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James B(yron) Hall Biography - James B. Hall Comments:

short stories literary poetry

Although the novels are interesting, the central significance of the work resides largely in the short stories; the poetry is various, and by intention ancillary to the prose.

The novels, short stories, and poetry are thematically interrelated. The reccurring motifs are the effects of competition on individuals in a system of modified capitalism such as obtains in the United States. Thus acquisitive, frustrated, evasive protagonists reccur, some of them mad or nearly so. Extreme conduct in a hostile world is not infrequent; the adjustments which protagonists make vary from callous acceptance or the exploitation of others to withdrawal, revenge, and self-destruction. In general, the work shows the difficulty of remaining human in a competitive, non-Darwinian world fashioned in large part by a democratic society. Specifically, Racers to the Sun traces the "rise" and fall of a motorcycle racer who builds his own machine; the hero is injured (used up), and then is dropped by those who exploited his talent for machinery and speed. Likewise, in the typical short stories, "Us He Devours" and "The Claims Artist," the protagonists are in some ways laudable, but in the end are victims of their own and of society's demands. A typical poem, "Pay Day Night," treats the counterproductive nature of experience in another bureaucracy, the Army.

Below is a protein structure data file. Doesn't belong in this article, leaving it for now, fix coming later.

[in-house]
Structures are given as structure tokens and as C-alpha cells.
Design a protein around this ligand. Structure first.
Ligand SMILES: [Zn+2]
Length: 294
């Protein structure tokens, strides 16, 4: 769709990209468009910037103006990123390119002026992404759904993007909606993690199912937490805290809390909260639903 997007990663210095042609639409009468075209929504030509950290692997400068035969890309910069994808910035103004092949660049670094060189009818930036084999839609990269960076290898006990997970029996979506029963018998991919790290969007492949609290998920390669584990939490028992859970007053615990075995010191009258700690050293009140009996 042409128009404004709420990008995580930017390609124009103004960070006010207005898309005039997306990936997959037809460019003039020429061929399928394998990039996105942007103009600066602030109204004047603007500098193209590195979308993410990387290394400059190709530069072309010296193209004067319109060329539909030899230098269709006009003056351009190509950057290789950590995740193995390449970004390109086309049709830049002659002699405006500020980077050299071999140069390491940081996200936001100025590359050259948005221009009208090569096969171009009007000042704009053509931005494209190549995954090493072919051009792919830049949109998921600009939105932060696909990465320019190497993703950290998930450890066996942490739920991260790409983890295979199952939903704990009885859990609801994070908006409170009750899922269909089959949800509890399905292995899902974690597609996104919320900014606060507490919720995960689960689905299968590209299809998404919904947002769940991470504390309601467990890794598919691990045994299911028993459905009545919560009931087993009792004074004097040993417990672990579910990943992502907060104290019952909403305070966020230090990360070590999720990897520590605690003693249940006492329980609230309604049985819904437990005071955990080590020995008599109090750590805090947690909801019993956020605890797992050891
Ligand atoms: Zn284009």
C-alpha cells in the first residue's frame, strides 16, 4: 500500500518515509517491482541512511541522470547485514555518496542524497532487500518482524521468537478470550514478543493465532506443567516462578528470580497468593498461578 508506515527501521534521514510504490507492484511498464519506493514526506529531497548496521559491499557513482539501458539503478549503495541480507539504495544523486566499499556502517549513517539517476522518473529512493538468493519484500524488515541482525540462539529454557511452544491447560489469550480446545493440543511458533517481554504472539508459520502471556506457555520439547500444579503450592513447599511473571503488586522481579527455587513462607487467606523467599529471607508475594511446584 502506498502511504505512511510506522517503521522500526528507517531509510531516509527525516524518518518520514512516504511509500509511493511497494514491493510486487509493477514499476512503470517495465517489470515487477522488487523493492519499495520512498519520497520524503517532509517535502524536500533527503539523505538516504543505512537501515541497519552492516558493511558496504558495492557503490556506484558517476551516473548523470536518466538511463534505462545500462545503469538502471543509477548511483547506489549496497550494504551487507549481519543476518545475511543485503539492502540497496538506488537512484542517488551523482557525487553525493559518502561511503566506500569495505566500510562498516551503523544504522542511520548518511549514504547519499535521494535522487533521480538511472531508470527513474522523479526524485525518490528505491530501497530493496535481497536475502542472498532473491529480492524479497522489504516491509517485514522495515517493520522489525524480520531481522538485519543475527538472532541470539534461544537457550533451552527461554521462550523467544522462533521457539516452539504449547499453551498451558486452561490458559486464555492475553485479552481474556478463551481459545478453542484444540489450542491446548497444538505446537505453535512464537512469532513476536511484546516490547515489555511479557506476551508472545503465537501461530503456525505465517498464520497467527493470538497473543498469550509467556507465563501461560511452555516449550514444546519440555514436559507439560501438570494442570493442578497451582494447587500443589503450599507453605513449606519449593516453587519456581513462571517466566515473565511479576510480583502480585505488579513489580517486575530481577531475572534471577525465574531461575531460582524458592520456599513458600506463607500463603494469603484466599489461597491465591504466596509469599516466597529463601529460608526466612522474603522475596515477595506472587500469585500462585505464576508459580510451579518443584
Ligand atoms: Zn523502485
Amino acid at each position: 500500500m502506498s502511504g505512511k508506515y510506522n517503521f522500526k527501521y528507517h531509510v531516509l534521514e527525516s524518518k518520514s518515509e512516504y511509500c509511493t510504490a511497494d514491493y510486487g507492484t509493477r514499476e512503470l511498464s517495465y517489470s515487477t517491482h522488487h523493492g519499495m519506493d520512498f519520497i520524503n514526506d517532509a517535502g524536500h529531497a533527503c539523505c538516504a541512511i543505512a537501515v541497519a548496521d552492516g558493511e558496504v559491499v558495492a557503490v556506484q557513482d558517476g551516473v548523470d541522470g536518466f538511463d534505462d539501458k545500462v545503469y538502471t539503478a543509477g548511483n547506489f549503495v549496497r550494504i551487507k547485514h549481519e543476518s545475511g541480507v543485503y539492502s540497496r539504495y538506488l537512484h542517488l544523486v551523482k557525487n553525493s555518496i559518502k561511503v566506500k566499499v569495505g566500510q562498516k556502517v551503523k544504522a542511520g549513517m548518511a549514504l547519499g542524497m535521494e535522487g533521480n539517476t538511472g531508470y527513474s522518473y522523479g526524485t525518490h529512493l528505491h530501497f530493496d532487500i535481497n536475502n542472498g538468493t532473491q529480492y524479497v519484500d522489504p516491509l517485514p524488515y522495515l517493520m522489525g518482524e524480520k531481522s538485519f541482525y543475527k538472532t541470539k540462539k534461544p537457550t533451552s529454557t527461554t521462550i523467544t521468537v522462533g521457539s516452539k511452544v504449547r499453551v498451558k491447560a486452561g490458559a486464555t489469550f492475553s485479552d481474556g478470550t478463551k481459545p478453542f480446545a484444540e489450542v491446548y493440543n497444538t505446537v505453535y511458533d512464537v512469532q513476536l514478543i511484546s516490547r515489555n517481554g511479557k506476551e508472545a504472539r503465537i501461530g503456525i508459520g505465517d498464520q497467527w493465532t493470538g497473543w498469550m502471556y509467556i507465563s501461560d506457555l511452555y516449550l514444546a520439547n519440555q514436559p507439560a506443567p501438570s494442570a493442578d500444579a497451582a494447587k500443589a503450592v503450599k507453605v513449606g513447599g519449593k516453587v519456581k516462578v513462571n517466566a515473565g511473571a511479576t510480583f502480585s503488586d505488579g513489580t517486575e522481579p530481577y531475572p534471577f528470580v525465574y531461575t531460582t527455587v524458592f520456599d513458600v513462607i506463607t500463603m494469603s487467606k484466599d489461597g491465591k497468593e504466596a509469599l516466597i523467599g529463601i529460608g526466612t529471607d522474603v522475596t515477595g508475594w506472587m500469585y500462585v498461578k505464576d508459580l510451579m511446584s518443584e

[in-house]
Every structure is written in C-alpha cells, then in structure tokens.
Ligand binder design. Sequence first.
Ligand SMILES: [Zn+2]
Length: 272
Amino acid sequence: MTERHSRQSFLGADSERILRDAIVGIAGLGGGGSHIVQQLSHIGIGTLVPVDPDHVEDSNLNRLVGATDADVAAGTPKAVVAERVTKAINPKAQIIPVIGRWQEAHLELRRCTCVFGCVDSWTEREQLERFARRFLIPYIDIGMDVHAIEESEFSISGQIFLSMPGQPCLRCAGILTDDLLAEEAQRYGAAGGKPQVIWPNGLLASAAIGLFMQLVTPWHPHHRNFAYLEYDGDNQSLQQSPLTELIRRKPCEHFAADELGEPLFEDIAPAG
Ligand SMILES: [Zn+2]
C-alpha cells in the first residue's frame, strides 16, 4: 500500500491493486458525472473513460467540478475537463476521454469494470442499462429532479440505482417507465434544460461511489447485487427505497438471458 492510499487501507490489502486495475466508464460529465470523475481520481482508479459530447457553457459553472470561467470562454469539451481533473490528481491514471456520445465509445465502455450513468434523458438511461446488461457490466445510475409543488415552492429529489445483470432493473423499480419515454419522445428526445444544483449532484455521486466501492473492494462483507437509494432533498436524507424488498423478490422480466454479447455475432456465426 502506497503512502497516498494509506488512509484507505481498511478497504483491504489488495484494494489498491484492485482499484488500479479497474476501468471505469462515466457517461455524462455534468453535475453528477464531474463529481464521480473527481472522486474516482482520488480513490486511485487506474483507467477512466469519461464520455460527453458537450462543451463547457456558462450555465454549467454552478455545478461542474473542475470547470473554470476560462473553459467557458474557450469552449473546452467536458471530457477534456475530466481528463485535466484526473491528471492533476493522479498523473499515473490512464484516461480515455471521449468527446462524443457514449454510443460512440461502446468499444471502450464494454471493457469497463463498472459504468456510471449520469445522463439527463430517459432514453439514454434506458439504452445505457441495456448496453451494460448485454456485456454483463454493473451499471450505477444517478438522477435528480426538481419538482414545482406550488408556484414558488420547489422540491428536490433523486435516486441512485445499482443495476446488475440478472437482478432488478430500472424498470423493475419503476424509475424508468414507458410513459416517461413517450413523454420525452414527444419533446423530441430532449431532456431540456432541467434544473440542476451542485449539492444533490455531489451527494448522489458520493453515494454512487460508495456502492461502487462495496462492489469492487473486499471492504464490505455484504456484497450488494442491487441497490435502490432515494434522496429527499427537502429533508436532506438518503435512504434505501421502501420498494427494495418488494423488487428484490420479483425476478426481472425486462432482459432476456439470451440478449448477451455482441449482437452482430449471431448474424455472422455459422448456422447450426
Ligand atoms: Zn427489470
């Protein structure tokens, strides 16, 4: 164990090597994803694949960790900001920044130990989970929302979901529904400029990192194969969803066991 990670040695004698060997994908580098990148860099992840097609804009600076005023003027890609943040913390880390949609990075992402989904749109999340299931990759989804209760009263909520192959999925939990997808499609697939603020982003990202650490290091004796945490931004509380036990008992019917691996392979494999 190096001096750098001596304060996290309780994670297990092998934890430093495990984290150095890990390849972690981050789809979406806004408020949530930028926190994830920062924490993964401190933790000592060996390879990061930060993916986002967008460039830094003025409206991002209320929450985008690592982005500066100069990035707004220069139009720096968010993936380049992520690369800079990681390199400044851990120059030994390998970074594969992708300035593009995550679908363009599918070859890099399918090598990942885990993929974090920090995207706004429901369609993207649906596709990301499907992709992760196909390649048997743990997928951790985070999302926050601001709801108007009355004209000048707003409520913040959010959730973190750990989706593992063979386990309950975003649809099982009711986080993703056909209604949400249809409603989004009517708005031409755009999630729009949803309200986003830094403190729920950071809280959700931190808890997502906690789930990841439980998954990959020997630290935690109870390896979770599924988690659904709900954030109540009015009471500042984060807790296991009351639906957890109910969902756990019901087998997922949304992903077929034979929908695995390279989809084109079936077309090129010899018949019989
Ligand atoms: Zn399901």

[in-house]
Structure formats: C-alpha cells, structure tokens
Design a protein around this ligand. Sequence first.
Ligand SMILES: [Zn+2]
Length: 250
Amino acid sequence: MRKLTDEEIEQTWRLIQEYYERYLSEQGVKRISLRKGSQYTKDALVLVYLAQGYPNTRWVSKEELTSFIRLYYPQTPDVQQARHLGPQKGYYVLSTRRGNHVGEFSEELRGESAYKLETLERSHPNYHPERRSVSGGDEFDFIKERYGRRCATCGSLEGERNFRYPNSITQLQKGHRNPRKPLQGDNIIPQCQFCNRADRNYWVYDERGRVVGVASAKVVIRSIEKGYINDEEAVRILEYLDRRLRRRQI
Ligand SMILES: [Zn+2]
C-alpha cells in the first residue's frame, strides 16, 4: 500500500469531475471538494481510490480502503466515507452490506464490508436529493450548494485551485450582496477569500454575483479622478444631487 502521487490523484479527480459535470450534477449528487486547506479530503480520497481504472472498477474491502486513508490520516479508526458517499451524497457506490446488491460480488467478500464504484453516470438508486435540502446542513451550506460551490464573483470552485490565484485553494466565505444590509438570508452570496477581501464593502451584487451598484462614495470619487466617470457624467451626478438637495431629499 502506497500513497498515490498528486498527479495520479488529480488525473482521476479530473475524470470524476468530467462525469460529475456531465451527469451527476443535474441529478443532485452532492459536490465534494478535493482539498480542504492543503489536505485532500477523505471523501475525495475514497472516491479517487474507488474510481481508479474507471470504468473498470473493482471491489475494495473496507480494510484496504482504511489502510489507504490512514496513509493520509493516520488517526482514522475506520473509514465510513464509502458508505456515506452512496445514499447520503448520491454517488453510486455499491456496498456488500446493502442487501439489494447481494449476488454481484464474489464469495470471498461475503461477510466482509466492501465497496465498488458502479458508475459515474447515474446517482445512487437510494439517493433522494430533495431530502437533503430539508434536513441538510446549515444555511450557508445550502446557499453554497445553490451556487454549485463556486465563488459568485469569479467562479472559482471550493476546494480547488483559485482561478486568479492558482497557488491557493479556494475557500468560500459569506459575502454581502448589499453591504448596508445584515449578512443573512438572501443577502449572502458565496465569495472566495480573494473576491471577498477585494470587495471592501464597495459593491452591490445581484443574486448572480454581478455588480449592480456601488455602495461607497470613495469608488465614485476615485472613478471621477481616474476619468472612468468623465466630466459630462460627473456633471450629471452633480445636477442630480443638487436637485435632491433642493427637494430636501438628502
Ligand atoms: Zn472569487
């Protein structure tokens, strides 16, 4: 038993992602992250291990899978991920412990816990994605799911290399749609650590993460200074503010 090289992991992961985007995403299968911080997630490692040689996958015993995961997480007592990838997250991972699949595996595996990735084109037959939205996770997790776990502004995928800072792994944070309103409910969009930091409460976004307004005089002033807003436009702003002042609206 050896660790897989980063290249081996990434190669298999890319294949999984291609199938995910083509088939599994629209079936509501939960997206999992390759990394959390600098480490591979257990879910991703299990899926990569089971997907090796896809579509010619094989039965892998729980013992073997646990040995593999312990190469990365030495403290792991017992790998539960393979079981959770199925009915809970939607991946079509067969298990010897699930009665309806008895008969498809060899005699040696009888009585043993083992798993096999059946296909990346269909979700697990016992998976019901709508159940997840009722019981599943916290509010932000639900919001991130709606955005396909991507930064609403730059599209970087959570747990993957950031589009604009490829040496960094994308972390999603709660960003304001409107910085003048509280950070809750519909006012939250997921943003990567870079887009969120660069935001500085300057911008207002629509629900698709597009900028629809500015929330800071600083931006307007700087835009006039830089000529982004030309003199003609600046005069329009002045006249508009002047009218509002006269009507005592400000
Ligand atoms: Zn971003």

The short stories are experimental, highly compressed, and exploit language poetically for artistic effect. They are condensed statements that very often extend the possibilities of the genre. Many of the stories are anthologized; because they are complex they apparently "teach well" in classrooms.

(1995) Increasingly the short forms of imaginative writing claim most of my attention: the short story, poetry, nonfiction articles. This comes as no surprise for increasingly the literary artist under (finance) capitalism has the obligation to justify corporate investment, and the long forms, such as the novel, presently require greater sponsorship by the publisher and more author-time dedicated to promotion(s) of the work. This drift has evident impact on modernist (and post-modernist) work and is suggested merely as ways the writer's "work place" has changed in the past twenty years. No practicing writer may claim exemption therefrom; nevertheless, work of high literary quality does get written, published, and read. The new writer, I think, faces the greatest challenges for, among other things, the institutions which once offered some order of literary apprenticeship now offer too early specialization from which there seems no rise and no return.

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